The Foundation Board Chair and the entire Foundation team thank Trustee Harvey York for introducing this organization to the Foundation and for the opportunity provided to make a lasting impact through the Legacy Campaign.
Appreciation is expressed to all who participated in this year’s annual appeal, the most successful effort to date for this giving opportunity. The appeal raised over $82,000 for the students of Ocean County College. Thanks are also extended to all who participated in the Foundation’s first joint friend/fundraiser, a miniature golf tournament, with the Foundation of RWJ Barnabas Community Medical Center. The event was held on Friday, January 20, 2023, in the Jon and Judith Larson Student Center.
This Spring, the Blauvelt Speaker Series will welcome Olympic Gold Medalist Mia Hamm on March 8, 2023, and Presidential Historian Michael Beschloss on April 25, 2023. Seating is limited so seats should be reserved at www.grunincenter.org. The full committee met to review possible speakers for the upcoming academic year.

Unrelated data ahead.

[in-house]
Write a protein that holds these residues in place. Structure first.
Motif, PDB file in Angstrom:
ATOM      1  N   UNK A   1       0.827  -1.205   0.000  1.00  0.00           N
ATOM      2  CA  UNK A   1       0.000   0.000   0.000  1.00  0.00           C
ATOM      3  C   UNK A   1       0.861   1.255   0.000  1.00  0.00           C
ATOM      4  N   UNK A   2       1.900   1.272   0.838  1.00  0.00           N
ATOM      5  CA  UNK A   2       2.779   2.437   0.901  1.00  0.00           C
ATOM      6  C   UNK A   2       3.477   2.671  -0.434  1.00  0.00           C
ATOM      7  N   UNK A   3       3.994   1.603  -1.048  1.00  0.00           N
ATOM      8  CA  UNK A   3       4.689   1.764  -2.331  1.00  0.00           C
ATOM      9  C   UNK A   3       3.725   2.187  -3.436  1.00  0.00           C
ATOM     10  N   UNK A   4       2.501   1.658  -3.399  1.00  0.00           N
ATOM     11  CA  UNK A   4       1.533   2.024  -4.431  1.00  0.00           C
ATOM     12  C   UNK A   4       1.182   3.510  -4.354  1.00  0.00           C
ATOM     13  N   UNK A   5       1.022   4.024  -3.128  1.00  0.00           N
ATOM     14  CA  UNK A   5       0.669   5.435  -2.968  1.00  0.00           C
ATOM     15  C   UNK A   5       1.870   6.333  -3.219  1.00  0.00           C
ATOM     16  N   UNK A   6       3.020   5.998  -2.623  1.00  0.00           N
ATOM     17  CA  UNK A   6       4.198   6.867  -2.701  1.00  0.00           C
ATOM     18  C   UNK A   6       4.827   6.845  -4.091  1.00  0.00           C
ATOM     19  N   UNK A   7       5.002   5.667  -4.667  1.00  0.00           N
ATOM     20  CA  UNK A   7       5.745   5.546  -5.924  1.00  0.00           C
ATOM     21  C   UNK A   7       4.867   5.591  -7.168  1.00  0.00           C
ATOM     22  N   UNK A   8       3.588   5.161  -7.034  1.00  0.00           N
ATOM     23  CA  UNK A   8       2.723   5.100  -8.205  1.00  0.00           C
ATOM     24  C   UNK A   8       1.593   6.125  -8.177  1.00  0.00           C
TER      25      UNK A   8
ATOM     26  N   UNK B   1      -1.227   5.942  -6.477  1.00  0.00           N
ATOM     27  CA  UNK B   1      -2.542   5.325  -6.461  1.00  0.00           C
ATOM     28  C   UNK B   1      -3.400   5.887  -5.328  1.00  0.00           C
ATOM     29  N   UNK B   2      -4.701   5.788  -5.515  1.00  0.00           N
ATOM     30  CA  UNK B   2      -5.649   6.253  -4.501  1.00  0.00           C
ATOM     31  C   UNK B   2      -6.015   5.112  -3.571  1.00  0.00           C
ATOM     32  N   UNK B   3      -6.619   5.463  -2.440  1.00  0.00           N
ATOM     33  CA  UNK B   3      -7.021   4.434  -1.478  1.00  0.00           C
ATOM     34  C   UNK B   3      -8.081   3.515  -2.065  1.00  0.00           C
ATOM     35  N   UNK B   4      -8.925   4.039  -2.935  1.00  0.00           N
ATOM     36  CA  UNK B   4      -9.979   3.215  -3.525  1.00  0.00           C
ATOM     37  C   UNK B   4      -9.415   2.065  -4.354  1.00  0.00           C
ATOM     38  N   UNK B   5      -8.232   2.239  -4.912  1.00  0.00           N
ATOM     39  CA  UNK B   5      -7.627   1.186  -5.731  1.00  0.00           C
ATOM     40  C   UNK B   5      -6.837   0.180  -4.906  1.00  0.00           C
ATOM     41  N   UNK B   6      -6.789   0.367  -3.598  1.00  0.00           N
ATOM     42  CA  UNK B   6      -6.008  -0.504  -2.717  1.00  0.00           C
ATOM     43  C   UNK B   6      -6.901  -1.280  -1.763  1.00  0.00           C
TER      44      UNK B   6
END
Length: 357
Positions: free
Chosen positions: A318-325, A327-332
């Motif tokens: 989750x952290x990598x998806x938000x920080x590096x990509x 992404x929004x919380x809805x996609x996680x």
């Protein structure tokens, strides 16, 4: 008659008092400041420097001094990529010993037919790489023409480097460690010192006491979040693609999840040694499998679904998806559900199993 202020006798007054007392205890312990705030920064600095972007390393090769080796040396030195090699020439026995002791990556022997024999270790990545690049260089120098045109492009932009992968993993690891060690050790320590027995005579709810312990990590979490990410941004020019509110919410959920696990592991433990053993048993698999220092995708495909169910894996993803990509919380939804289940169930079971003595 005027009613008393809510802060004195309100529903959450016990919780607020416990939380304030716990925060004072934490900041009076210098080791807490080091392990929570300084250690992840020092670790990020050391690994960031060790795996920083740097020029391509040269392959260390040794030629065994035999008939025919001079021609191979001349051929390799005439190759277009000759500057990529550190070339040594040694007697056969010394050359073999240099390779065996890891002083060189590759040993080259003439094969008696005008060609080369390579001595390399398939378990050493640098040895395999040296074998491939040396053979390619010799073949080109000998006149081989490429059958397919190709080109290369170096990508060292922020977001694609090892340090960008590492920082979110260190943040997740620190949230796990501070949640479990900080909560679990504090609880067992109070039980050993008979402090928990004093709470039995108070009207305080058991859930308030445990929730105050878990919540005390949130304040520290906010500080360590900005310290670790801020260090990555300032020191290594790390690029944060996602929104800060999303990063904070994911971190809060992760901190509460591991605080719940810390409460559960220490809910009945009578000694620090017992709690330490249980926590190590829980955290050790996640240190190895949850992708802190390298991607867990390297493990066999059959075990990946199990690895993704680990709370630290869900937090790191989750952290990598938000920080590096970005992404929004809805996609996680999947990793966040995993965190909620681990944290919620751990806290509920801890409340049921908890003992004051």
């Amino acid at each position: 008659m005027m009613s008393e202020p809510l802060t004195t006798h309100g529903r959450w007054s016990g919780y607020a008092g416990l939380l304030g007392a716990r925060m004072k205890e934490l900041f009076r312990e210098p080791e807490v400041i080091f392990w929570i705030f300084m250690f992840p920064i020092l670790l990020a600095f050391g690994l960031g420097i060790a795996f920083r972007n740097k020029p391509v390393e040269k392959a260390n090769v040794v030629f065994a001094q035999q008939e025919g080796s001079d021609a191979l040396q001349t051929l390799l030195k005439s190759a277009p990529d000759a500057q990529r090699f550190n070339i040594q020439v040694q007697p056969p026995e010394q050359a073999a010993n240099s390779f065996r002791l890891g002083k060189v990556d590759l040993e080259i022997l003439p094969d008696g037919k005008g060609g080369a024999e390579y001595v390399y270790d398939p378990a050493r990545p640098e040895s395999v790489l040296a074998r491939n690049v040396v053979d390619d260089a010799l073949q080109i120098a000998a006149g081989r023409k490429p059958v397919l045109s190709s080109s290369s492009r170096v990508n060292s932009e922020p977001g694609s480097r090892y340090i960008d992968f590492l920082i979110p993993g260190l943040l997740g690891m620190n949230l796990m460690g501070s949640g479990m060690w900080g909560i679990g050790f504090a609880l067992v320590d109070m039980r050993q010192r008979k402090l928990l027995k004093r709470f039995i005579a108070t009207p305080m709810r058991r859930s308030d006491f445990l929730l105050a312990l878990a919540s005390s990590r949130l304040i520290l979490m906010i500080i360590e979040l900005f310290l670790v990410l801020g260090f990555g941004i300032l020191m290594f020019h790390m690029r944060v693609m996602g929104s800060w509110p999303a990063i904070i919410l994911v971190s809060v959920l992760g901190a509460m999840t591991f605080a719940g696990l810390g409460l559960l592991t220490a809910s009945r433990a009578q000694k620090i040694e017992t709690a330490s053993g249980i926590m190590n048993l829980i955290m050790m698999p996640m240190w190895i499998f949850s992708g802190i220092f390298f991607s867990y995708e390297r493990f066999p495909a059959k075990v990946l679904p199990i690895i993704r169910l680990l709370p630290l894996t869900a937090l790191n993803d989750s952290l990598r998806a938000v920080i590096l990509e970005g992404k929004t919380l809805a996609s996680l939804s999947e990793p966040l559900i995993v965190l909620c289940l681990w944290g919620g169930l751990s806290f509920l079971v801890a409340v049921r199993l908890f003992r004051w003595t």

Save the date of Friday, June 23, 2023, for the 2023 Annual Scholarship Celebration to celebrate the students of Ocean County College.
Jay and Linda Grunin Center for the Arts
The holiday shows were a huge success in the Grunin Center. The Vienna Boys Choir and Christmas with the Celts were especially successful. Broadway for the Holidays in OCC’s Repertory Theater was completely sold out over two weekends in December.
The final Afternoon Recital Series event took place in December, featuring Jee Sun Lee, violin;
DoYeon Kim, cello; Brian Gilmore, piano; and guest artists Hyun Joon Shin, violin; and Mitsuru Kubo, viola. They played Cesar Franck’s Piano Quintet in F minor (1879) and String Quartet in D major (1889).
The Nai-Ni Chen Dance Company will perform four School n’ Stage shows on January 25 and 26, 2023. Many local elementary schools will attend the program, which highlights the Chinese New Year celebrations.